The data on 2008 venture capital investment are predictably grim, but in a year of financial heartbreak, the cleantech sector stands out as one of the rare winners.
According to a MoneyTree report, US venture capitalists invested 52% more money in the sector in 2008 than in 2007, bringing the year’s total to $4.1 billion. Compare that to the 8% drop in overall venture capital investment during 2008.
Cleantech Group says that solar power companies were the biggest winners, capturing $3.3 billion in venture capital funds last year. After that came biofuels ($904 million), transportation ($795 million), wind ($502 million), smart grid ($345 million), agriculture ($166 million), and water ($148 million). US solar companies swept up four of the top five deals: together, NanoSolar, Solyndra, SoloPower, and Solar Reserve garnered $859 million. (The outlier in the top five list was WinWinD, a Finnish wind power company.)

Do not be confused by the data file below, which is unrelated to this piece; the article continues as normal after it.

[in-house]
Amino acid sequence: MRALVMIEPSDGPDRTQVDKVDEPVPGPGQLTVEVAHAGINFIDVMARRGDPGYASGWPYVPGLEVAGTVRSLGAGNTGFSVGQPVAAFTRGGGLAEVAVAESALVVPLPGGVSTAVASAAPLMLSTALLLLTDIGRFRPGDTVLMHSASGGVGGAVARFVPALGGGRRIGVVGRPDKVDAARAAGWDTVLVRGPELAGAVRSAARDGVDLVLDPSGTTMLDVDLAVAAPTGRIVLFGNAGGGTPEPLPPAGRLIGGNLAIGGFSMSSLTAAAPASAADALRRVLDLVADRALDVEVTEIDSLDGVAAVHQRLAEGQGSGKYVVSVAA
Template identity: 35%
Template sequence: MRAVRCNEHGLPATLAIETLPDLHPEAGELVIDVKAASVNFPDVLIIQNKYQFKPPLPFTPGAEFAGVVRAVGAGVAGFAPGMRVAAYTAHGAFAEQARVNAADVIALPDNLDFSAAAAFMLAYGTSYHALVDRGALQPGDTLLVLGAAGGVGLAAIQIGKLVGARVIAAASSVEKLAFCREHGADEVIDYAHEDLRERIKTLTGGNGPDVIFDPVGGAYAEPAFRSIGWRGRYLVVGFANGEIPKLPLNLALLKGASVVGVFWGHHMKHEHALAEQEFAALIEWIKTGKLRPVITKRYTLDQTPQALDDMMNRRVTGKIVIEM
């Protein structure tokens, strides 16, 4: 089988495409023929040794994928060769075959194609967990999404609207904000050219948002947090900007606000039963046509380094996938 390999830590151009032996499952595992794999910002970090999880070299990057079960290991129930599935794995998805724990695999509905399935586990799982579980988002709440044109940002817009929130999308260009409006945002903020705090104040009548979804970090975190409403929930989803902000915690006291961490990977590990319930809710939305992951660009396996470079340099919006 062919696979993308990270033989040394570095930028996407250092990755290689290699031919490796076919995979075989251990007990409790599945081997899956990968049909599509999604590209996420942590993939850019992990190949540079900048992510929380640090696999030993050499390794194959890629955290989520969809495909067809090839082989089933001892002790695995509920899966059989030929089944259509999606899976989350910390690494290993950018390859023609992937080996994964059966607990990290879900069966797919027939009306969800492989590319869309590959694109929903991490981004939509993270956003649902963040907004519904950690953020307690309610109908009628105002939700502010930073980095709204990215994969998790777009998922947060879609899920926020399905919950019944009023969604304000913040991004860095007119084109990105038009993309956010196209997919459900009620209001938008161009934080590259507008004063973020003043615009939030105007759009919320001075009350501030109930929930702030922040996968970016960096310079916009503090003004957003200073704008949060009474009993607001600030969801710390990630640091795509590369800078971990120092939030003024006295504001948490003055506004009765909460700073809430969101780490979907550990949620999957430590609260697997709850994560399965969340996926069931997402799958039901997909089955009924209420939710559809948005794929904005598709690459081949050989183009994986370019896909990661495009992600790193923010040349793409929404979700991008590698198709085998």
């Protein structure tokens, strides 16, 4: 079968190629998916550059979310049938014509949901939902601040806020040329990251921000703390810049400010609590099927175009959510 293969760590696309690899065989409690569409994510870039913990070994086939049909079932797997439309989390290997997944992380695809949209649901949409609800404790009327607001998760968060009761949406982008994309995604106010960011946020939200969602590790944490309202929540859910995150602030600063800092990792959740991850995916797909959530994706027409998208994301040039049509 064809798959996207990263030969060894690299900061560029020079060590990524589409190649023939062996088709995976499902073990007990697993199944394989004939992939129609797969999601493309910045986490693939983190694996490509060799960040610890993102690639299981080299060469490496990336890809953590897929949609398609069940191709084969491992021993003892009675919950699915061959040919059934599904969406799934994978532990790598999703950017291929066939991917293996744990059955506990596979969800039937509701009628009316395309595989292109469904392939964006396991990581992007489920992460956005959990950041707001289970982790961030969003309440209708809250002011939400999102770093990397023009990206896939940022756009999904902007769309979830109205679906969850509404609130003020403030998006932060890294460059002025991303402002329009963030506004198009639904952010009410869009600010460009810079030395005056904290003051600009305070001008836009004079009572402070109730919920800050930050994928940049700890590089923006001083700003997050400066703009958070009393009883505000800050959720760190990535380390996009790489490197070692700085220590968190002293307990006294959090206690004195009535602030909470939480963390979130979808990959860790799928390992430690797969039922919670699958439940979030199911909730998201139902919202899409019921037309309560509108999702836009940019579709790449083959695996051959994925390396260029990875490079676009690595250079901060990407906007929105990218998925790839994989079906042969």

These cheerful numbers don’t mean that the financial crisis has left the industry unscathed. Growth in the industry appears to be slowing down, judging from data in the MoneyTree report. US cleantech investment increased 85% in 2007 compared to 2006, and investment in 2006 was a whopping 160% greater than investment in 2005. In addition, investment in cleantech dropped 14% in the fourth quarter of 2008 compared with the third — many say the fourth quarter is a more realistic predictor of what’s to come in 2009 than the 2008 totals.
Still, Mark Heesen, president of the National Venture Capital Association says consumer fervor and government support of cleantech will buffer the industry against the growing economic storm. “Even with a tough economic situation, I think cleantech kind of rises above the economic uncertainty,” he said recently.
For the full story on how the cleantech boom is defying the downturn, see the latest issue of Nature.
Heidi Ledford is a reporter with Nature’s online news team